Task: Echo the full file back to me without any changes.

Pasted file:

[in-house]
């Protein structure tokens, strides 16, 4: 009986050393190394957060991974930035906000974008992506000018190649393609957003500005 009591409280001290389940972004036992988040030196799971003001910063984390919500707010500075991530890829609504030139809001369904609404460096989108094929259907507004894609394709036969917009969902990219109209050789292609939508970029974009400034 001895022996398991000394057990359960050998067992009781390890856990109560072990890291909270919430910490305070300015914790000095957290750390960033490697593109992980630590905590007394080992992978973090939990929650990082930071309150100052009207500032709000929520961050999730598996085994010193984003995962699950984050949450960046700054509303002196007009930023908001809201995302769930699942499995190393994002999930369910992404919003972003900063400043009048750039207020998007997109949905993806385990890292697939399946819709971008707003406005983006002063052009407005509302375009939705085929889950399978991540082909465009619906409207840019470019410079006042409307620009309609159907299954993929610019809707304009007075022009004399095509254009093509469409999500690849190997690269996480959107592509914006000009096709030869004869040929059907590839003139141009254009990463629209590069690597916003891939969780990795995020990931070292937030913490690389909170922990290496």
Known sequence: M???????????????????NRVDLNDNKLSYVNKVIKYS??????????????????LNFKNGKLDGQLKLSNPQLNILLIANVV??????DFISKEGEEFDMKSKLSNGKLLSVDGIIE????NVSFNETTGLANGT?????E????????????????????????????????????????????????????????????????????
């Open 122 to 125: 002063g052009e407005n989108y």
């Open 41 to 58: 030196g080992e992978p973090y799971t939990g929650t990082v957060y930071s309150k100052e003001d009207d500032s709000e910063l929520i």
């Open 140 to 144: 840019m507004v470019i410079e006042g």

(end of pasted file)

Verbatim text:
[in-house]
């Protein structure tokens, strides 16, 4: 009986050393190394957060991974930035906000974008992506000018190649393609957003500005 009591409280001290389940972004036992988040030196799971003001910063984390919500707010500075991530890829609504030139809001369904609404460096989108094929259907507004894609394709036969917009969902990219109209050789292609939508970029974009400034 001895022996398991000394057990359960050998067992009781390890856990109560072990890291909270919430910490305070300015914790000095957290750390960033490697593109992980630590905590007394080992992978973090939990929650990082930071309150100052009207500032709000929520961050999730598996085994010193984003995962699950984050949450960046700054509303002196007009930023908001809201995302769930699942499995190393994002999930369910992404919003972003900063400043009048750039207020998007997109949905993806385990890292697939399946819709971008707003406005983006002063052009407005509302375009939705085929889950399978991540082909465009619906409207840019470019410079006042409307620009309609159907299954993929610019809707304009007075022009004399095509254009093509469409999500690849190997690269996480959107592509914006000009096709030869004869040929059907590839003139141009254009990463629209590069690597916003891939969780990795995020990931070292937030913490690389909170922990290496």
Known sequence: M???????????????????NRVDLNDNKLSYVNKVIKYS??????????????????LNFKNGKLDGQLKLSNPQLNILLIANVV??????DFISKEGEEFDMKSKLSNGKLLSVDGIIE????NVSFNETTGLANGT?????E????????????????????????????????????????????????????????????????????
């Open 122 to 125: 002063g052009e407005n989108y």
């Open 41 to 58: 030196g080992e992978p973090y799971t939990g929650t990082v957060y930071s309150k100052e003001d009207d500032s709000e910063l929520i």
């Open 140 to 144: 840019m507004v470019i410079e006042g």